The logic for keeping the same safe distance on a plane as you would on the ground is understandable. Cabin air circulation and ventilation in an airplane, however, are designed to disperse and redirect contaminants. Most aircraft change the entire cabin air volume 20 to 30 times more frequently than the air in an office and 5 to 6 times more often than in hospitals.
1. Airflow in the cabin
The air in the cabin of an E-Jet, for example, is renewed at least 20 times every hour. The air circulates through vents and air intakes around the upper compartments.
Years ago, during the development of the E-Jets, Embraer performed a series of CFD (computational fluid dynamics) tests and simulations of cabin air flow. The objective was to ensure that airborne contaminants were effectively directed away from passengers. In other words, droplets, such as those generated by speech, coughing and sneezing, are vertically dispersed and channeled as far away from other passengers as possible.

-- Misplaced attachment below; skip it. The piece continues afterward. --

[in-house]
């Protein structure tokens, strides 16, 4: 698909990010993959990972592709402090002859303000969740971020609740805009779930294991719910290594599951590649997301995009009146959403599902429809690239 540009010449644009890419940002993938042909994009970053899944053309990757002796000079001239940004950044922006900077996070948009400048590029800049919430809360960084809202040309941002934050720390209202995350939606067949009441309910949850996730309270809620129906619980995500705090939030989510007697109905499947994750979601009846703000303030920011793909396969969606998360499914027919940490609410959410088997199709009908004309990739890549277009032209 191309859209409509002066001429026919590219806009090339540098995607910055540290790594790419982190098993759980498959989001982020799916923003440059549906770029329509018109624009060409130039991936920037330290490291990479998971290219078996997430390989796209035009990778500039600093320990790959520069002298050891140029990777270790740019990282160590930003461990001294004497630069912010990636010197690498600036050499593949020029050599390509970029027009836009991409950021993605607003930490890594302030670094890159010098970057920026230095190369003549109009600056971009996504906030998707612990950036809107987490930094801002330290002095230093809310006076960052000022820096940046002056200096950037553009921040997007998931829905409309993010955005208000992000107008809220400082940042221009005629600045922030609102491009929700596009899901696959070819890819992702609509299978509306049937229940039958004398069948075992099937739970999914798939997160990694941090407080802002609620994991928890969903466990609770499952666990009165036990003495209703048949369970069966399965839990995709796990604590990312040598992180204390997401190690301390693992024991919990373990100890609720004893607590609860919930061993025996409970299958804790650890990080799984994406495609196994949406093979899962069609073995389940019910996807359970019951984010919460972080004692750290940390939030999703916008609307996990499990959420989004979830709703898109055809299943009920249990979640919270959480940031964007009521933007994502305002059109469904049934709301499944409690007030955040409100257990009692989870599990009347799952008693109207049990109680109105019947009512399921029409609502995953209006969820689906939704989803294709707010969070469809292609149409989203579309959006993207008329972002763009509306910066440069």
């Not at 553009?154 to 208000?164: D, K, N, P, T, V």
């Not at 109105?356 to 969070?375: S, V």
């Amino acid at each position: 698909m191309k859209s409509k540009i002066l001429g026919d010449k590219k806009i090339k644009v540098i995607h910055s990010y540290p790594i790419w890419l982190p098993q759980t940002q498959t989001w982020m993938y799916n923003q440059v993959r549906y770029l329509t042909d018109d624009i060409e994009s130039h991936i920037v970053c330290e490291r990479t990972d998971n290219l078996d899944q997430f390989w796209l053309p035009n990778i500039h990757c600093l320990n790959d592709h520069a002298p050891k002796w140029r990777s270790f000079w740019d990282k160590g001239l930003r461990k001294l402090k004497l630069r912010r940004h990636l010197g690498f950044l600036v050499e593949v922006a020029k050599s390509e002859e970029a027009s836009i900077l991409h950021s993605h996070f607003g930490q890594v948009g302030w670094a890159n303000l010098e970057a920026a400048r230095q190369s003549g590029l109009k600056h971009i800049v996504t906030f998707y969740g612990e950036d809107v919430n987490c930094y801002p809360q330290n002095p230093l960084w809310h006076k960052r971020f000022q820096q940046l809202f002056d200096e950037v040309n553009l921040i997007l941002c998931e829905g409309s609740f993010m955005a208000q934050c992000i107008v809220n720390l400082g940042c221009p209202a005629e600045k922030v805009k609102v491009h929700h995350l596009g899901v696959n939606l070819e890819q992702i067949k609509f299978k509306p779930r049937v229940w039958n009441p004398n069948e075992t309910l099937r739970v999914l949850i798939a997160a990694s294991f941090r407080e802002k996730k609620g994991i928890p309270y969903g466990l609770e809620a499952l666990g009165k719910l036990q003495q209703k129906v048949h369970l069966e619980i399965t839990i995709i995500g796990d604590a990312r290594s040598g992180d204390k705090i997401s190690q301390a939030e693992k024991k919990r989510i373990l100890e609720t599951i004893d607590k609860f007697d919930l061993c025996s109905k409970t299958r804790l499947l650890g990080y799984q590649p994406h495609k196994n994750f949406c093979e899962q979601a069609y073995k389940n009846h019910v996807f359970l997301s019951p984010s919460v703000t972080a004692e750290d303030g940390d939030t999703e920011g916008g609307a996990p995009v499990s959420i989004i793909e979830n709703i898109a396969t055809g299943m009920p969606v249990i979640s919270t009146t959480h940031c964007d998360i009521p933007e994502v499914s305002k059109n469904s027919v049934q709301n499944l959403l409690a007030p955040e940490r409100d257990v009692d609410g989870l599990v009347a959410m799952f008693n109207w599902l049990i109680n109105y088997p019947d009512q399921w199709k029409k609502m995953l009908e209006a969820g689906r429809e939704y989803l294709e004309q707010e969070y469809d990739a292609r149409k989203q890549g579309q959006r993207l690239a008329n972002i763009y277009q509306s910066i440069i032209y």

Embraer asserts it has found that the correct positioning of individual air vents in relation to a person’s head and the resulting air flow creates a type of curtain or air barrier. The cone-shaped flow pattern of the individual air outlet directs the particles into the air return grilles located near the cabin floor. This in turn would minimize cross-contamination between the rows, although the seat backs also serve as natural blocks for expired droplets.
2. Integrated HEPA filters
Most common droplets people throw out are between 4 and 8 microns. The heaviest ones stay close together and accumulate on surfaces such as seats and clothes. The smaller ones, however, can remain suspended. HEPA filters for aircraft, like those of all E-Jets, are are 99.97% effective at capturing airborne particles and other biological contaminants as small as 0.3 microns.
Embraer is now making the HEPA filter standard on all Praetor 600 and Praetor 500 aircraft as well as approving the use of MicroShield360, a preventative coating system that, when applied inside the aircraft, inhibits the growth of microbes on the surfaces.